As a mother who’s also a sex-positive writer and BDSM aficionado, this is a complex I’ve felt on my own skin; as a society, we don’t allow the lover and the mother to coexist. This is also the reason why I’ve told past play partners that I don’t want them to see me with my kid; I’m afraid it could change how they view me and affect our dynamic. Thankfully, my own concerns have proven to be unfounded so far, but I still hear others say things in the line of: “After seeing her (wife or partner) push a kid out of there, I can no longer see her in the same light.” How unfair isn’t that?
Just as men can be both prospective or current fathers and still remain complete, sexual beings, women must be granted the same liberties.
Women are not the only ones to get pigeonholed. Often in the BDSM and Shibari/rope world, I witness the female partner unable to get into the same mindset with their live-in male counterparts—a space they have or had no problem accessing with a casual play partner. Again, the comfort of the familiar comes in the way, and, after relating to their male partners as the safe, stable family-man he’s now become the knight, or the good guy, thus, erasing the beast, aka the bad guy.
If you struggle to see your partner, male or female, as a sexual being or in their prospective dom/sub roles after getting to know them as parents—or professionals, or just regular humans with sweatpants on the couch on a Sunday — it’s time for a check-in. I’m not claiming that this is as easily done as it’s said, yet, you can start by giving each other permission to be your whole, multifaceted selves. From there, work on finding ways to transition smoothly between your many selves without letting one version taint another.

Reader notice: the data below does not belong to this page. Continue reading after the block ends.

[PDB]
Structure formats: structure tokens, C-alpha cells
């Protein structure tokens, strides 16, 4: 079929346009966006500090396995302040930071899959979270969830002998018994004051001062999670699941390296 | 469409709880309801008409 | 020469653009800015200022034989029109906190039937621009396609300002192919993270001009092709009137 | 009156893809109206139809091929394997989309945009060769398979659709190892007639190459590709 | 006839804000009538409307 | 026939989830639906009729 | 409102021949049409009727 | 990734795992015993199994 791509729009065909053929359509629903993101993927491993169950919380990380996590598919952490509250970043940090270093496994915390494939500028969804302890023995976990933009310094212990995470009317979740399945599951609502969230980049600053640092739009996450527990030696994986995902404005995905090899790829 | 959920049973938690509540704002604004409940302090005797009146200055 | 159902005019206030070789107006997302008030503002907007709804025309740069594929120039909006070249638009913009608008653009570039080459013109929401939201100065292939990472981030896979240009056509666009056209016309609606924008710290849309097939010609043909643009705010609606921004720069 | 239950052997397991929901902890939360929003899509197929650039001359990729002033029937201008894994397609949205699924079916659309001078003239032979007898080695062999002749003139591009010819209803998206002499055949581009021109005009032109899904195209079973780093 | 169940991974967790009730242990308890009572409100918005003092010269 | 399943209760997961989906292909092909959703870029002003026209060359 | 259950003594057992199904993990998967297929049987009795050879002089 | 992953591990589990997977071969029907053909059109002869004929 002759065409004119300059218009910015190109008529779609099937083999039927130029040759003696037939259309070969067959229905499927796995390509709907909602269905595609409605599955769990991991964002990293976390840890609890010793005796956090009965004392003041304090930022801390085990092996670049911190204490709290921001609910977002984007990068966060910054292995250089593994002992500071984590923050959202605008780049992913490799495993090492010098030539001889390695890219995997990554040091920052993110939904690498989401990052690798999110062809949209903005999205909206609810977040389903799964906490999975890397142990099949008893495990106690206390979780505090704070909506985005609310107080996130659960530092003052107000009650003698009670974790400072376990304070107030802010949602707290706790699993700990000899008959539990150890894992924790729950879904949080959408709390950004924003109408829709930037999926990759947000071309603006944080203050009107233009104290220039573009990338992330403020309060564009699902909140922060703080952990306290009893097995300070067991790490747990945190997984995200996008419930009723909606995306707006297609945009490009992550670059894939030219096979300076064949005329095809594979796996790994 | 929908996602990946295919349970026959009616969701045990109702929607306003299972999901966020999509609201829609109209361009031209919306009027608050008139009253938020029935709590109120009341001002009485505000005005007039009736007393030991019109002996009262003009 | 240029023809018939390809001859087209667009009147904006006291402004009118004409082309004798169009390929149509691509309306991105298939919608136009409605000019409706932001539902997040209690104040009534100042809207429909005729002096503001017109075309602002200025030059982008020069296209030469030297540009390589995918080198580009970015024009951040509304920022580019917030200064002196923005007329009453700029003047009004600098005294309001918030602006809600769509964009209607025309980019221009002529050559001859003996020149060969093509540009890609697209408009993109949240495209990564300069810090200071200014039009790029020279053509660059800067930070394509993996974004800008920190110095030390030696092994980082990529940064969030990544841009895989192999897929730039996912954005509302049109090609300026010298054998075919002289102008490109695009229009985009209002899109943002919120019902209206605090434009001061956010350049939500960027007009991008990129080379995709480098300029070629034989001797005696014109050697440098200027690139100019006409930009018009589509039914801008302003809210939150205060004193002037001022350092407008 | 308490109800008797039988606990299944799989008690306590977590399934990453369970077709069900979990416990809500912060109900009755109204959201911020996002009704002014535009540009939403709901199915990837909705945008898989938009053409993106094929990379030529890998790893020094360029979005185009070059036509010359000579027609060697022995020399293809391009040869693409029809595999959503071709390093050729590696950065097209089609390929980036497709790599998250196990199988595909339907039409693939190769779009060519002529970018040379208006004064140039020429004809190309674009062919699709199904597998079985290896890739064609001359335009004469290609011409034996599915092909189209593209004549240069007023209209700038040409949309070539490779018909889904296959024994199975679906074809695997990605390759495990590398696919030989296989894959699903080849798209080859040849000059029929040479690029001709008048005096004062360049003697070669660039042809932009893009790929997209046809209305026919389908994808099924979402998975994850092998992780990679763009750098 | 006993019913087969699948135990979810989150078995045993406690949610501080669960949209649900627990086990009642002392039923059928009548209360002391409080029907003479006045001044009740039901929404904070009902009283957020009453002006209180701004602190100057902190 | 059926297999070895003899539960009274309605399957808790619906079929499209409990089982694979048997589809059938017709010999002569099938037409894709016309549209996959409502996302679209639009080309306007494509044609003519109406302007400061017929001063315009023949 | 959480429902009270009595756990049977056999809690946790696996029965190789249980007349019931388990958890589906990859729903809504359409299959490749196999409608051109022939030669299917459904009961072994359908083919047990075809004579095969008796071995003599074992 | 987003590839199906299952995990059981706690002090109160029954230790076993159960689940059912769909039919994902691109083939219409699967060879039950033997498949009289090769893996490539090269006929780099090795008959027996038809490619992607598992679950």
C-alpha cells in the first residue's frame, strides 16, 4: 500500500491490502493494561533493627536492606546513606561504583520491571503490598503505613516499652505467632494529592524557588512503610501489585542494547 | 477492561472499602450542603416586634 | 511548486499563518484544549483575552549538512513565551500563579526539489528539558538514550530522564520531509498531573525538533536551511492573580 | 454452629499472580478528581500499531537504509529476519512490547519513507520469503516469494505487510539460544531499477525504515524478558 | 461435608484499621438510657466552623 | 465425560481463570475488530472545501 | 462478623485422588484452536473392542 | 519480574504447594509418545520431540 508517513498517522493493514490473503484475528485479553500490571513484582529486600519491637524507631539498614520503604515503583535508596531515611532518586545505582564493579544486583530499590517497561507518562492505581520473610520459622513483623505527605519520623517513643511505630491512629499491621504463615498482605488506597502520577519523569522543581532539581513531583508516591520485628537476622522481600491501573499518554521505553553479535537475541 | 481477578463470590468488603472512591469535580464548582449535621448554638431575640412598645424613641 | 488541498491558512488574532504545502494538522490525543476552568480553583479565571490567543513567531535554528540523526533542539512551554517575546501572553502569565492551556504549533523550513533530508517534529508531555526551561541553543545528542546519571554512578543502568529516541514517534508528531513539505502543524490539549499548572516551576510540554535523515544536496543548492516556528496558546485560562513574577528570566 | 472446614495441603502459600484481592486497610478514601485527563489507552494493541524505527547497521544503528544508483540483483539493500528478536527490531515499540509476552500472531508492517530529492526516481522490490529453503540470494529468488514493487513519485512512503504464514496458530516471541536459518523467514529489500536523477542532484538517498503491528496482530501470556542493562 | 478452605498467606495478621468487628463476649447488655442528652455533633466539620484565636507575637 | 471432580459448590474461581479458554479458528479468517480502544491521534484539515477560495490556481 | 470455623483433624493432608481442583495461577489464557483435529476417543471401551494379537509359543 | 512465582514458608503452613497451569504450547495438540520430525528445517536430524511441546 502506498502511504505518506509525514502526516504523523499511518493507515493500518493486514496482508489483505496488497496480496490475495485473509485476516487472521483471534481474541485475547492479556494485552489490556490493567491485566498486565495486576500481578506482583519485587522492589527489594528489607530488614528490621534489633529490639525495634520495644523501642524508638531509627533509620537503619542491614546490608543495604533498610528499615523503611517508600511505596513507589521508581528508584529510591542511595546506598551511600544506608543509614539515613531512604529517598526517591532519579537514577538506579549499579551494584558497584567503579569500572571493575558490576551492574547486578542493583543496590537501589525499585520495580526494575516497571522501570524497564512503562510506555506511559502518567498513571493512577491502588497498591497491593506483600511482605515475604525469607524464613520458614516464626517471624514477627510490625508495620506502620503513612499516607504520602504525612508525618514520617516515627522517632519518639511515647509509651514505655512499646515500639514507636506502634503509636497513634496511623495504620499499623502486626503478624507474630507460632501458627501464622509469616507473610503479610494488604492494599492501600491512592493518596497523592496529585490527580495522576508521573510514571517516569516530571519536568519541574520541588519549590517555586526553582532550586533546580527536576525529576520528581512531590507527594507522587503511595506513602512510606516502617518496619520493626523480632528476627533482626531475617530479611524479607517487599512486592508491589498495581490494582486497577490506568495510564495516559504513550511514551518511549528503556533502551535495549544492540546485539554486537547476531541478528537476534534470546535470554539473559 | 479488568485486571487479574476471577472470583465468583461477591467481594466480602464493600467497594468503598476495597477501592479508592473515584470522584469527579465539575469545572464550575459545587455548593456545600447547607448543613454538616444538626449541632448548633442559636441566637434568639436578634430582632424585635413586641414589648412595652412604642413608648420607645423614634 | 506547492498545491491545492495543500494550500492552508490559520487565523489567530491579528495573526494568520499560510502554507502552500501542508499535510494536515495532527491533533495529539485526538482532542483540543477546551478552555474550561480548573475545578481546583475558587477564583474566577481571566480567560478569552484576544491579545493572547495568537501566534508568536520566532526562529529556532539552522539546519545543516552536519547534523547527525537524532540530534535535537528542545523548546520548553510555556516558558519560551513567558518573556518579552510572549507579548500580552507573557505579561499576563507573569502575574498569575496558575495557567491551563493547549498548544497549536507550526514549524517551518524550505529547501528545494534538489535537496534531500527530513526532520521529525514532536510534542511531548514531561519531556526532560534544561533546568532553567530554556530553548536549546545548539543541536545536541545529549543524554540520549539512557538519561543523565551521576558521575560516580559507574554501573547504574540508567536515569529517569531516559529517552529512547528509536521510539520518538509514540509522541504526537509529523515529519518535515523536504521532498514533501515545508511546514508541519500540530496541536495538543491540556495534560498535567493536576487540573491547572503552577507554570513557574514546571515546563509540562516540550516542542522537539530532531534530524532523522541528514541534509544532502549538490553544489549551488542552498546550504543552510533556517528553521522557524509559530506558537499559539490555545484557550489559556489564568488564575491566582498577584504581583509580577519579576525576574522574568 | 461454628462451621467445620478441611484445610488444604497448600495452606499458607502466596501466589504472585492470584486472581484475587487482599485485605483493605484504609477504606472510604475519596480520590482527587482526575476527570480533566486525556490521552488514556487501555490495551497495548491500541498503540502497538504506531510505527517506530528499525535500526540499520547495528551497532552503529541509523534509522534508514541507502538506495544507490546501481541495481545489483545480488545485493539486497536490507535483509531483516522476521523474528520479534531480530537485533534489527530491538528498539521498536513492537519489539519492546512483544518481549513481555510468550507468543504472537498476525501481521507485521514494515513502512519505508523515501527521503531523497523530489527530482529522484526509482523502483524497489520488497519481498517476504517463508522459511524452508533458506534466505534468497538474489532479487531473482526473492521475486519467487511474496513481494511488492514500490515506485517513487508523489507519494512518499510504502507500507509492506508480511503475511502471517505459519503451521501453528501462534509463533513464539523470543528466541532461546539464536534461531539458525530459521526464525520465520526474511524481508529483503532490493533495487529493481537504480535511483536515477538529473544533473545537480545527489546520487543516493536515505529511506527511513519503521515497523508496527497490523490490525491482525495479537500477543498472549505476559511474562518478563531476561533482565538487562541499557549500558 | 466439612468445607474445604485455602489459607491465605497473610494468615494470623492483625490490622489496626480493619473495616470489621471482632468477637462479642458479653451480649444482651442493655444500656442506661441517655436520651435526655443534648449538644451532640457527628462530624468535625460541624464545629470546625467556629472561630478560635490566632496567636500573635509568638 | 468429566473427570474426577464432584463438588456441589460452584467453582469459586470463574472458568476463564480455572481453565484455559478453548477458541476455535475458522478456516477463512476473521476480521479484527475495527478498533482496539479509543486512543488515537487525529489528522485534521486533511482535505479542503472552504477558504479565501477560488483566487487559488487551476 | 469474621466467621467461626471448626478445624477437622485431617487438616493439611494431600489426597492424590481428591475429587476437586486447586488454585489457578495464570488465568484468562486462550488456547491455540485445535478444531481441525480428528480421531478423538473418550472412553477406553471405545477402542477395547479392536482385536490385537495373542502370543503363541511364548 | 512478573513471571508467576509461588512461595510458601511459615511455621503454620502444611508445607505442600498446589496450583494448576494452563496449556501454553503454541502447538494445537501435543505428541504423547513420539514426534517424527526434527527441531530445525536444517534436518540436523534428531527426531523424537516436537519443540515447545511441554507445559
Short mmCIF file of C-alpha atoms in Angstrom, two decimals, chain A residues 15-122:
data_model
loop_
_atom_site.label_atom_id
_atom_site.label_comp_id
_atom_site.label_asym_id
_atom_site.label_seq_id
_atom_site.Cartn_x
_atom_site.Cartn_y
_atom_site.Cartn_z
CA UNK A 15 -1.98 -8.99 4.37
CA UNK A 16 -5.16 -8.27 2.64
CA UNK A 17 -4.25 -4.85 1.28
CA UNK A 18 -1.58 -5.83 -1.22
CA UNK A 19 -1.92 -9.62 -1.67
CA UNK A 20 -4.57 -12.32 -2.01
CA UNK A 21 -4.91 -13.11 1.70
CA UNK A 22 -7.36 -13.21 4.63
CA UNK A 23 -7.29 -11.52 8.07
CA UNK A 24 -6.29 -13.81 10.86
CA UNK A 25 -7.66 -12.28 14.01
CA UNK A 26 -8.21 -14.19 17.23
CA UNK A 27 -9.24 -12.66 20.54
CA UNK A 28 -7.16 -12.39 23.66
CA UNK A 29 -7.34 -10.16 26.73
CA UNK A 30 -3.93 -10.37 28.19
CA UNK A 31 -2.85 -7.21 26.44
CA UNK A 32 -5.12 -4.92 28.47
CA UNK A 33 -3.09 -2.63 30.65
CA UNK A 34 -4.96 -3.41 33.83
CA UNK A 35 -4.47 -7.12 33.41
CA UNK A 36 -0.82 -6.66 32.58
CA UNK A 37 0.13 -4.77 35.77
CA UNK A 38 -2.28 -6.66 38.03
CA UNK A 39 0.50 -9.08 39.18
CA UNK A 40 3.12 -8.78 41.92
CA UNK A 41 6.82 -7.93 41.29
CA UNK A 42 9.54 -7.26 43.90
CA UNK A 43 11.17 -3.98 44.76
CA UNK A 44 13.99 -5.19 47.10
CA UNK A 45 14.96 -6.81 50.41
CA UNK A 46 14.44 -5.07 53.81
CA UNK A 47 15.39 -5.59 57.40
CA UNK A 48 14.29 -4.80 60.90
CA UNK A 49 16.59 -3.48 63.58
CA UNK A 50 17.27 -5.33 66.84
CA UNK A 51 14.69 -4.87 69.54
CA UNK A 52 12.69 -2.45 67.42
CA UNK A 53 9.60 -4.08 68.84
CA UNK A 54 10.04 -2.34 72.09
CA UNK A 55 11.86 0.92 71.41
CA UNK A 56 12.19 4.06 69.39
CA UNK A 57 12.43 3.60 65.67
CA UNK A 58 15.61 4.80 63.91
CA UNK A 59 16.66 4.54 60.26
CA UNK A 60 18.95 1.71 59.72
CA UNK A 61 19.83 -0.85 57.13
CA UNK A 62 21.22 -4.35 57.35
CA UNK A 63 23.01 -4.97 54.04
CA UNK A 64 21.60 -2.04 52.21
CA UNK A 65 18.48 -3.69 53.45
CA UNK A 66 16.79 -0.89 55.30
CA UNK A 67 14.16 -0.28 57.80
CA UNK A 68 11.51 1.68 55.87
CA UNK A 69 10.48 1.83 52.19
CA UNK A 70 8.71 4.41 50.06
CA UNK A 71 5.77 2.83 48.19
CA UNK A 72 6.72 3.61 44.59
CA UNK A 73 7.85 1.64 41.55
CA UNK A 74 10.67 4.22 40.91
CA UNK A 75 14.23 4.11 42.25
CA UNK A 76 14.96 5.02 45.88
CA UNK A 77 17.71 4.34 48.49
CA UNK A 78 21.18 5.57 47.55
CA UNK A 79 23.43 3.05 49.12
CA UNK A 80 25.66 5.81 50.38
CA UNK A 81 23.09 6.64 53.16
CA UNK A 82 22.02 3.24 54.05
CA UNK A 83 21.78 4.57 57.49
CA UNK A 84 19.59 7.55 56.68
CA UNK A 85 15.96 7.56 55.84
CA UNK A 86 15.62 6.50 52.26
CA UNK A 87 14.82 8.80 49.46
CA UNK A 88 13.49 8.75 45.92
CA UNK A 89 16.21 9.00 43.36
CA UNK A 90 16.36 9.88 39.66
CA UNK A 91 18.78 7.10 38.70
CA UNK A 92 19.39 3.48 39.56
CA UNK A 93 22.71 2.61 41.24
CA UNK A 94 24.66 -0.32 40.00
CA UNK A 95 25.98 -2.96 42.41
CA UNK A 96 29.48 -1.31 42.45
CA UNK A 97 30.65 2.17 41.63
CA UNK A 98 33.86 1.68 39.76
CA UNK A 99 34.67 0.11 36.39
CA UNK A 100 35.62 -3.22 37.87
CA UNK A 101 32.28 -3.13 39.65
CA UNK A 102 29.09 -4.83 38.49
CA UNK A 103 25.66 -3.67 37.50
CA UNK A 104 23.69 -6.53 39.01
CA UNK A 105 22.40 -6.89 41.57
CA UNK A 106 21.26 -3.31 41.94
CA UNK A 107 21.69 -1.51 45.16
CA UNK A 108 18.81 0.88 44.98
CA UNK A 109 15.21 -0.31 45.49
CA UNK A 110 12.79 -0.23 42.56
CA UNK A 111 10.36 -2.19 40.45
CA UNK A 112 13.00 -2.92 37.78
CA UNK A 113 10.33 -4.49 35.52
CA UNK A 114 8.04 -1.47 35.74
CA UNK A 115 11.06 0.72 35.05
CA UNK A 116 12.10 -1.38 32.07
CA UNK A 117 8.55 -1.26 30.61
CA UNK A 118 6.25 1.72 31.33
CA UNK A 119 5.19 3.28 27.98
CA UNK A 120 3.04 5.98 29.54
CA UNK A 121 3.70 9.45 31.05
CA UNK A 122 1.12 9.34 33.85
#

I shrug when I hear someone say that they can’t treat them like that (anymore) because they respect and/or love them too much. On the other hand, they’re able to treat others like that when they don’t have the same feelings for them.
This prompts two questions: First, it’s problematic to refer to BDSM practices as treating someone like that as it implies that we carry beliefs that there’s something inherently wrong or shameful about what we do. As always, when something takes place between two willing, consenting adults there’s no right or wrong, good or bad.
Secondly, by separating between who we can treat like that or who we can’t, we’re inadvertently saying that we respect some people more than others. The lack of romantic or loving feelings for someone shouldn’t come at the cost of our respect for them as human beings.
If you and your partner enjoyed something when you were just playing, but now you can no longer do it, despite your partner indicating they still want it, ask yourself why this is. It could be time to revisit both your beliefs and feelings around your sexuality and towards kink and BDSM in the first place.
After examining the whys; our habits, beliefs, and attitudes and we can look for ways to work with and around them. My actionable strategy consists of two main elements: The first is all about establishing triggers, which work like powerplay on/off buttons. The second—which is also a key to the success and longevity of any relationship—involves setting aside time for special (play-) dates.
As safety-oriented kinksters, we use safewords as code for when we want to pause or stop a play session. The opposite is appropriately called a danger word and is to be used when we want to start something.
Not only are we humans fickle in that we want both clear communication and a bit of mystery—often at the same time—but it doesn’t always feel comfortable or context-appropriate to spell it out; “Hey you, what about some sex?” or “Let’s play?” Like bait on a hook that can be slid discreetly into a text message or conversation, your danger word makes it easier to ask — without really asking—makes a potential rejection easier to handle too.
Make your word, phrase, or sentence as simple or complicated as you want. It could be something that relates to or is the opposite of your safe word, an internal joke, or reference. Consider having response phases that mean yes, no, or later.